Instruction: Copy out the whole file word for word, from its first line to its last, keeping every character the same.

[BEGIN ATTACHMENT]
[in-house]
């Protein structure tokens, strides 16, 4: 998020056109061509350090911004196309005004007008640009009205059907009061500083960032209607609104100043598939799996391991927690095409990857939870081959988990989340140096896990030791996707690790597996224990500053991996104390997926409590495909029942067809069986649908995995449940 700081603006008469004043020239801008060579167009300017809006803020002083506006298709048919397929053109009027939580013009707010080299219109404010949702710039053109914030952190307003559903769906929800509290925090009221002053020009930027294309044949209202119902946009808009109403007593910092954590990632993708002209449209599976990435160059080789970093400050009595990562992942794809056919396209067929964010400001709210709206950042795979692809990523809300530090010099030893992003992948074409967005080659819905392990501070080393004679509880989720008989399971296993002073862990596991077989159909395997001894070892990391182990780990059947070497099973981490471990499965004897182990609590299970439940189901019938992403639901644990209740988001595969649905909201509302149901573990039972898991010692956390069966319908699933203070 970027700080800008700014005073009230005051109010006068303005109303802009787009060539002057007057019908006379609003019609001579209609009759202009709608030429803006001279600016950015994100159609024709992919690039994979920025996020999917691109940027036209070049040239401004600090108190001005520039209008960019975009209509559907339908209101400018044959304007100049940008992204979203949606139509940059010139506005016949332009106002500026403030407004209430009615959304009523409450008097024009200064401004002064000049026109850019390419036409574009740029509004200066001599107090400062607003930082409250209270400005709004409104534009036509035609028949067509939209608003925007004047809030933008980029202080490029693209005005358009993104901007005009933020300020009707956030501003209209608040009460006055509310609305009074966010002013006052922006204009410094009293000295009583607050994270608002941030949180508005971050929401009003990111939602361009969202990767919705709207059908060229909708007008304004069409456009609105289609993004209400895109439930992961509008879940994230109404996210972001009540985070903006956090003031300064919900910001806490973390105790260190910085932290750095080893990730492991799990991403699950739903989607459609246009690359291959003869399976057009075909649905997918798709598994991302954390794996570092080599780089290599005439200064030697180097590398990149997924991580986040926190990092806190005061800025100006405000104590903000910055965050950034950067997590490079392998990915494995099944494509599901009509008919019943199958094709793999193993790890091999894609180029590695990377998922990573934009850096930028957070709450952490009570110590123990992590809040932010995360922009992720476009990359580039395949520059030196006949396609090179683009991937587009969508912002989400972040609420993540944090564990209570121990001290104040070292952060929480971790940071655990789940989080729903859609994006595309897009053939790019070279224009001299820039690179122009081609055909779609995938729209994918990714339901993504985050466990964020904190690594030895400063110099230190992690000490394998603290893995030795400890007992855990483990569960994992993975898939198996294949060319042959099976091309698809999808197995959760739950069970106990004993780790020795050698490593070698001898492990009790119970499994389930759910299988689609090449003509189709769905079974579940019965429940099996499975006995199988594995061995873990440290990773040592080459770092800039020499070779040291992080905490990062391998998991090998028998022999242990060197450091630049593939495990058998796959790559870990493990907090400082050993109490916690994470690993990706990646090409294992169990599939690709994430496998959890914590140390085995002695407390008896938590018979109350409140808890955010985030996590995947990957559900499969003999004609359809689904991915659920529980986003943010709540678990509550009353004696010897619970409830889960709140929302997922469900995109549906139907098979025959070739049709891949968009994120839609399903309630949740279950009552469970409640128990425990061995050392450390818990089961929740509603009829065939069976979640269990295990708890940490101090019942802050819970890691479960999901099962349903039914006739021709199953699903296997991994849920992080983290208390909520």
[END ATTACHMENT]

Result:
[in-house]
């Protein structure tokens, strides 16, 4: 998020056109061509350090911004196309005004007008640009009205059907009061500083960032209607609104100043598939799996391991927690095409990857939870081959988990989340140096896990030791996707690790597996224990500053991996104390997926409590495909029942067809069986649908995995449940 700081603006008469004043020239801008060579167009300017809006803020002083506006298709048919397929053109009027939580013009707010080299219109404010949702710039053109914030952190307003559903769906929800509290925090009221002053020009930027294309044949209202119902946009808009109403007593910092954590990632993708002209449209599976990435160059080789970093400050009595990562992942794809056919396209067929964010400001709210709206950042795979692809990523809300530090010099030893992003992948074409967005080659819905392990501070080393004679509880989720008989399971296993002073862990596991077989159909395997001894070892990391182990780990059947070497099973981490471990499965004897182990609590299970439940189901019938992403639901644990209740988001595969649905909201509302149901573990039972898991010692956390069966319908699933203070 970027700080800008700014005073009230005051109010006068303005109303802009787009060539002057007057019908006379609003019609001579209609009759202009709608030429803006001279600016950015994100159609024709992919690039994979920025996020999917691109940027036209070049040239401004600090108190001005520039209008960019975009209509559907339908209101400018044959304007100049940008992204979203949606139509940059010139506005016949332009106002500026403030407004209430009615959304009523409450008097024009200064401004002064000049026109850019390419036409574009740029509004200066001599107090400062607003930082409250209270400005709004409104534009036509035609028949067509939209608003925007004047809030933008980029202080490029693209005005358009993104901007005009933020300020009707956030501003209209608040009460006055509310609305009074966010002013006052922006204009410094009293000295009583607050994270608002941030949180508005971050929401009003990111939602361009969202990767919705709207059908060229909708007008304004069409456009609105289609993004209400895109439930992961509008879940994230109404996210972001009540985070903006956090003031300064919900910001806490973390105790260190910085932290750095080893990730492991799990991403699950739903989607459609246009690359291959003869399976057009075909649905997918798709598994991302954390794996570092080599780089290599005439200064030697180097590398990149997924991580986040926190990092806190005061800025100006405000104590903000910055965050950034950067997590490079392998990915494995099944494509599901009509008919019943199958094709793999193993790890091999894609180029590695990377998922990573934009850096930028957070709450952490009570110590123990992590809040932010995360922009992720476009990359580039395949520059030196006949396609090179683009991937587009969508912002989400972040609420993540944090564990209570121990001290104040070292952060929480971790940071655990789940989080729903859609994006595309897009053939790019070279224009001299820039690179122009081609055909779609995938729209994918990714339901993504985050466990964020904190690594030895400063110099230190992690000490394998603290893995030795400890007992855990483990569960994992993975898939198996294949060319042959099976091309698809999808197995959760739950069970106990004993780790020795050698490593070698001898492990009790119970499994389930759910299988689609090449003509189709769905079974579940019965429940099996499975006995199988594995061995873990440290990773040592080459770092800039020499070779040291992080905490990062391998998991090998028998022999242990060197450091630049593939495990058998796959790559870990493990907090400082050993109490916690994470690993990706990646090409294992169990599939690709994430496998959890914590140390085995002695407390008896938590018979109350409140808890955010985030996590995947990957559900499969003999004609359809689904991915659920529980986003943010709540678990509550009353004696010897619970409830889960709140929302997922469900995109549906139907098979025959070739049709891949968009994120839609399903309630949740279950009552469970409640128990425990061995050392450390818990089961929740509603009829065939069976979640269990295990708890940490101090019942802050819970890691479960999901099962349903039914006739021709199953699903296997991994849920992080983290208390909520």